Bertoia's wraps stellar year with $2.7M November auction of toys and Christmas antiques from prestigious collections

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Bertoia's wraps stellar year with $2.7M November auction of toys and Christmas antiques from prestigious collections
Yonezawa 27-inch Atom Jet racer in museum-quality condition with its very rare pictorial box. Sold well above estimate for $40,800, a possible world record price.



VINELAND, N.J..- Bertoia Auctions concluded a memorable year of high-profile events with a $2.7 million sale of toys, banks and Christmas antiques held on November 17-18 at their New Jersey gallery. The 1,179-lot selection presented on November 17-18 was steeped in toy-collecting history, with an abundance of exquisite, well-provenanced pieces coming from the lifetime collections of Bob Brady, Jack White, and Curtis and Linda Smith.

“The interest was tremendous. The number of bidders who signed up for this sale surpassed that of many of our past auctions,” said Michael Bertoia, president and principal auctioneer at Bertoia Auctions. “There was a lot of international participation, including from countries where we had not seen bidders come from before, like Russia, Thailand and even Ukraine.” Regardless, the majority of the auction’s contents went to US bidders in the room or on the phones, with additional successful buyers competing via the Internet.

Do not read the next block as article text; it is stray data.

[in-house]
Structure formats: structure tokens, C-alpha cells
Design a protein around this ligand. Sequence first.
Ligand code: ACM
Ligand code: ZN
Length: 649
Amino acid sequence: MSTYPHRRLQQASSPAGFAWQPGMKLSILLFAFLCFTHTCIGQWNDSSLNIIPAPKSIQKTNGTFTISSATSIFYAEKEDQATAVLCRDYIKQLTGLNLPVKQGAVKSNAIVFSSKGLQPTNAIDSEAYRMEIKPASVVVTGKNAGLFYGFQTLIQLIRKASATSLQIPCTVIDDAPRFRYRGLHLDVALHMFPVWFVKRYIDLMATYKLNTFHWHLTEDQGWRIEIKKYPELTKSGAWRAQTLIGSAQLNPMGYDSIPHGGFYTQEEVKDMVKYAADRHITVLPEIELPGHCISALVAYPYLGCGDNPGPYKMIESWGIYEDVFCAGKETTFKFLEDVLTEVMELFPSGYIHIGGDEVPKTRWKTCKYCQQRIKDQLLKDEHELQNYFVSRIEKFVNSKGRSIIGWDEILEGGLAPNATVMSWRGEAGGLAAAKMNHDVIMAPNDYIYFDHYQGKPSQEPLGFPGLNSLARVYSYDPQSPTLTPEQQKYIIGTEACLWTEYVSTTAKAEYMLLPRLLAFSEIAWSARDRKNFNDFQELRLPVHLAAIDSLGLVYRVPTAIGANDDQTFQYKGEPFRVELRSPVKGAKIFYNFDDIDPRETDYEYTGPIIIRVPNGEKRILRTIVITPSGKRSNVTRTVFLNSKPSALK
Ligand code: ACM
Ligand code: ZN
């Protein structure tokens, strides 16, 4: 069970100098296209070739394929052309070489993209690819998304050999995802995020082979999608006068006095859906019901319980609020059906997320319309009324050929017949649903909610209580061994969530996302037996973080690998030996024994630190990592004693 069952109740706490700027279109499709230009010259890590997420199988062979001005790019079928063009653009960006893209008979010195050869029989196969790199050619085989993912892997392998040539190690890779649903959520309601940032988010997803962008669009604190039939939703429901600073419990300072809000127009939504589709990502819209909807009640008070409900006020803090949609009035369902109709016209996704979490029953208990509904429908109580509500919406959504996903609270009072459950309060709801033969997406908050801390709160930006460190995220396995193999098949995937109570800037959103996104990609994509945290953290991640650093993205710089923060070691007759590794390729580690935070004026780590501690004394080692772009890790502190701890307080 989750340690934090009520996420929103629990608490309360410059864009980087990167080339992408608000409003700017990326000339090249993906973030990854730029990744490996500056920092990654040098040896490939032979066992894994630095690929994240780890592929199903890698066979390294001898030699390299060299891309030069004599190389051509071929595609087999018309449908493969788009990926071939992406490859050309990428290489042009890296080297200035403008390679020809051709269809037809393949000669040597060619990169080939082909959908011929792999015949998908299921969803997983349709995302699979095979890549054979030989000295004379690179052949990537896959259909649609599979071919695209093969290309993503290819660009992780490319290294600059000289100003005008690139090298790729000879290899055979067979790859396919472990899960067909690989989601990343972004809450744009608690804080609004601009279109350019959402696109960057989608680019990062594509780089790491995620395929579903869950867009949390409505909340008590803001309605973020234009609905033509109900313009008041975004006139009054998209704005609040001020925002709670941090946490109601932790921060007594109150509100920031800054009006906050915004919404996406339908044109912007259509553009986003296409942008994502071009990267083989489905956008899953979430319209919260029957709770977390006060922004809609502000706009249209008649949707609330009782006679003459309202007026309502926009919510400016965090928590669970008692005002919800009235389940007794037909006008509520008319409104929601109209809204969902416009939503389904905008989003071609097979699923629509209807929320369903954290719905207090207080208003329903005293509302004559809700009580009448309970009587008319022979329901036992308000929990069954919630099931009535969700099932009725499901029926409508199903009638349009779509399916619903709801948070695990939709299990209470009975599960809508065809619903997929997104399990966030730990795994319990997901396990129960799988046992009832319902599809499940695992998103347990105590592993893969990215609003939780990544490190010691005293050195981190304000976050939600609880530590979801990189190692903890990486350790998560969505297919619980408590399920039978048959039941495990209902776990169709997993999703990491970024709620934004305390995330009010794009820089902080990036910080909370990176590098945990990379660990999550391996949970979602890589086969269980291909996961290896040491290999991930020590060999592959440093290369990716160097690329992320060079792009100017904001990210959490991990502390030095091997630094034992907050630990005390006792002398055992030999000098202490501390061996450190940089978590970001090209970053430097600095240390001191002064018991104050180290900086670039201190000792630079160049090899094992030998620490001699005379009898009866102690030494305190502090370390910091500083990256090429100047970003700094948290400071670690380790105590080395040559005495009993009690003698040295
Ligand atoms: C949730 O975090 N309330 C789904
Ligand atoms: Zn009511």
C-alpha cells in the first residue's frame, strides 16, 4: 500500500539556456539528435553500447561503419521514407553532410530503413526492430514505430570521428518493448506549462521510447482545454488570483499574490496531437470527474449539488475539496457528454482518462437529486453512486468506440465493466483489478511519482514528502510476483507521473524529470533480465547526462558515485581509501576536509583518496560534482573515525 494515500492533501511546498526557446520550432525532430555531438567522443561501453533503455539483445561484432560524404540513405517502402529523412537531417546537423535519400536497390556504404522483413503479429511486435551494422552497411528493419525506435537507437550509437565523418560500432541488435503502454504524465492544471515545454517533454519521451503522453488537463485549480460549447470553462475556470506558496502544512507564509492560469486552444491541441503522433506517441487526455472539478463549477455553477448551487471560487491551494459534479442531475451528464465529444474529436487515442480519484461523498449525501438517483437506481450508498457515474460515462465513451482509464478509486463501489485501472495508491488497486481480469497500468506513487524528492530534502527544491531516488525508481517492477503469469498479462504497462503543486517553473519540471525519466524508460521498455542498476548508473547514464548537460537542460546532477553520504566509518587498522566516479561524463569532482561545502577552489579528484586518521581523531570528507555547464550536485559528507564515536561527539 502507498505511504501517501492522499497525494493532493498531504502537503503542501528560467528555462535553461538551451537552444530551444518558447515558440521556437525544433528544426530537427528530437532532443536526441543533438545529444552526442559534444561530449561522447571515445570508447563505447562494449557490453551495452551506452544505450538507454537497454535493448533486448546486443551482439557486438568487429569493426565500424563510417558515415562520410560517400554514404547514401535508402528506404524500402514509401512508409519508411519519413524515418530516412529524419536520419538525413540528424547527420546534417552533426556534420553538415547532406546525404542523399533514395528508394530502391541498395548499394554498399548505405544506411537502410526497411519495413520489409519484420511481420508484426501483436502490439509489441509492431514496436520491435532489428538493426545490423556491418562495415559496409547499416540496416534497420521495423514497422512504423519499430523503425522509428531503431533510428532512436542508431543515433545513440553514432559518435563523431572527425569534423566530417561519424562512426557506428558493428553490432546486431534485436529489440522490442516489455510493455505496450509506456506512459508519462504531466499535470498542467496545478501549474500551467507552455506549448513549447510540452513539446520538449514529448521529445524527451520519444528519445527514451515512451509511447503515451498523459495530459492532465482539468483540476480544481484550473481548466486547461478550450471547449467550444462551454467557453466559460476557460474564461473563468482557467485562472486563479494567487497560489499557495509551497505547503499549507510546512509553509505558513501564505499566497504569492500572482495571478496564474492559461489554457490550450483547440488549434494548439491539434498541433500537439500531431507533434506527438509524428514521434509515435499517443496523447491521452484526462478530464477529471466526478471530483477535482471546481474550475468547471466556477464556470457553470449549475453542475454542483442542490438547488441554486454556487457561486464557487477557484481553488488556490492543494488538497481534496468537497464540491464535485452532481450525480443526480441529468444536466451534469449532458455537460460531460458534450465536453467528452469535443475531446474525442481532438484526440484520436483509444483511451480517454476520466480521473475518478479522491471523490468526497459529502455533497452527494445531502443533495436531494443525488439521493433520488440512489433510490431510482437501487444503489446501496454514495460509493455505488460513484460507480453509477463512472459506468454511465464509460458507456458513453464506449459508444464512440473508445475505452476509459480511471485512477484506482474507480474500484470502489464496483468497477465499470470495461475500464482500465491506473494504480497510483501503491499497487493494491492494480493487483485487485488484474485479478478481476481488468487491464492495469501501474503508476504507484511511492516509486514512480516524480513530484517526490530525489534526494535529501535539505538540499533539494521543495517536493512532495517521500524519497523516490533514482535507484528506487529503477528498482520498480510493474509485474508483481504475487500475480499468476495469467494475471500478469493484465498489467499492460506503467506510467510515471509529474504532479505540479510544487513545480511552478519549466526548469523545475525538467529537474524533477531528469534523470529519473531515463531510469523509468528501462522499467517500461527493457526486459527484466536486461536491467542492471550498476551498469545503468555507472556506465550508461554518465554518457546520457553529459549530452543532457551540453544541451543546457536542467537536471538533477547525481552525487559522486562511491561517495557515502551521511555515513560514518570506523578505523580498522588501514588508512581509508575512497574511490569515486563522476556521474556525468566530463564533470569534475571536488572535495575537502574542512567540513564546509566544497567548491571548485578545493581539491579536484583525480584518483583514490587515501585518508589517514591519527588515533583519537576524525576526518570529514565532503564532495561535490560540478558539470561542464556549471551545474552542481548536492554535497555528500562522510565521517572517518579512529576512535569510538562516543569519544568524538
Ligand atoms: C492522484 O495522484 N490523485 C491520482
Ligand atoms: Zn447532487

A very rare and iconic tin toy, a Marklin Fidelitas clown train, topped the list of prices realized during the busy two-day event. The 37-inch-long convoy of clowns riding in early vehicles was complete with all original paint – an astonishing level of perfection for a toy so rare that even the most advanced European toy collectors have never actually seen one in person. The Fidelitas came from a British consignor who had received it as a child but was never very fond of it. Because it was not chosen for display in her bedroom, the toy was stored away and forgotten for the next 50 years, only to resurface after a clearing-out of the family home’s cellar. At auction, it more than redeemed itself by landing a within-estimate price of $84,000.

The magical Marklin name pulled in the big bids once again when a canopied O-gauge trolley crossed the auction block. Made circa 1904, with hand-painted French lettering on its side panels and roof placards, the 12-inch-long clockwork-driven toy in pristine/near-mint condition sold above estimate for $32,400.

Another German-made toy that created a stir was an “Indian Scout” skittles (bowling pins) container. Beautifully hand-painted in vibrant colors, the 28-inch-long piece was intended to serve as the nesting receptacle for a set of skittles formed as Native American figures. A happy reunion lay ahead for the scout, which was purchased by a bidder who already happened to own the corresponding set of skittles in perfect condition. Against stiff competition, he prevailed with a $36,000 bid that went eight times over the high estimate of $4,500.

The Christmas spirit permeated the top 10 in a bevy of enjoyable forms. A 12-inch-long German Tippco Santa car was one of many great treasures offered from the holiday collection of Linda Smith and her late husband Curtis Smith. With a brightly liveried Father Christmas at the wheel, the jaunty tin convertible was designed as a traveling “billboard” for what good boys and girls might receive for Christmas, with lithographed images of teddy bears, dolls, trains and airships. Estimated at $12,000-$18,000, the colorful wind-up auto raced all the way to $60,000.